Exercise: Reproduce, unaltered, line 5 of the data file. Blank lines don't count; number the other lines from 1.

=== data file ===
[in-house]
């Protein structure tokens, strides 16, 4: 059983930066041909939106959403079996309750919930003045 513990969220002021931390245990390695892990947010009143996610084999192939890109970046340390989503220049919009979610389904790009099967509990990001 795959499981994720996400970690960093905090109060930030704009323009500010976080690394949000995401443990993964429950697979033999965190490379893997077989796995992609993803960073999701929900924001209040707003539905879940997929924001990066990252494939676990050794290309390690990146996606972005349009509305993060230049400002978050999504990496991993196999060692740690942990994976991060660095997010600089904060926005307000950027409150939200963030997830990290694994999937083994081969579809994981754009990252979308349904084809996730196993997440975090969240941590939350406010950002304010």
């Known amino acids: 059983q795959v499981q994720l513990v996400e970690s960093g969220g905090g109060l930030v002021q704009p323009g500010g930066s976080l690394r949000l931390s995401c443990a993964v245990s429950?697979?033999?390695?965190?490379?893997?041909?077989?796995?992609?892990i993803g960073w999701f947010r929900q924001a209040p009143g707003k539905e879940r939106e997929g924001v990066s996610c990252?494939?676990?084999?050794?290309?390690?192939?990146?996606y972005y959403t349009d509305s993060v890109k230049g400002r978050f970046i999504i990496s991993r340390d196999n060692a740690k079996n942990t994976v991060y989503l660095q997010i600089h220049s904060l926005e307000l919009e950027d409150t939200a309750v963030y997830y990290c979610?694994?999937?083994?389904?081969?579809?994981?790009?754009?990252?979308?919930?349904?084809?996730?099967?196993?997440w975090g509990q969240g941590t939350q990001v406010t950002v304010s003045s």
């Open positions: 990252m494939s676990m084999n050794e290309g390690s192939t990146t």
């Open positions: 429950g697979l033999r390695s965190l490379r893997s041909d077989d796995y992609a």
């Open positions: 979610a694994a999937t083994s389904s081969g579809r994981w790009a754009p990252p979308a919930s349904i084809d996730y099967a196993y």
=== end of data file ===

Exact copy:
């Open positions: 429950g697979l033999r390695s965190l490379r893997s041909d077989d796995y992609a």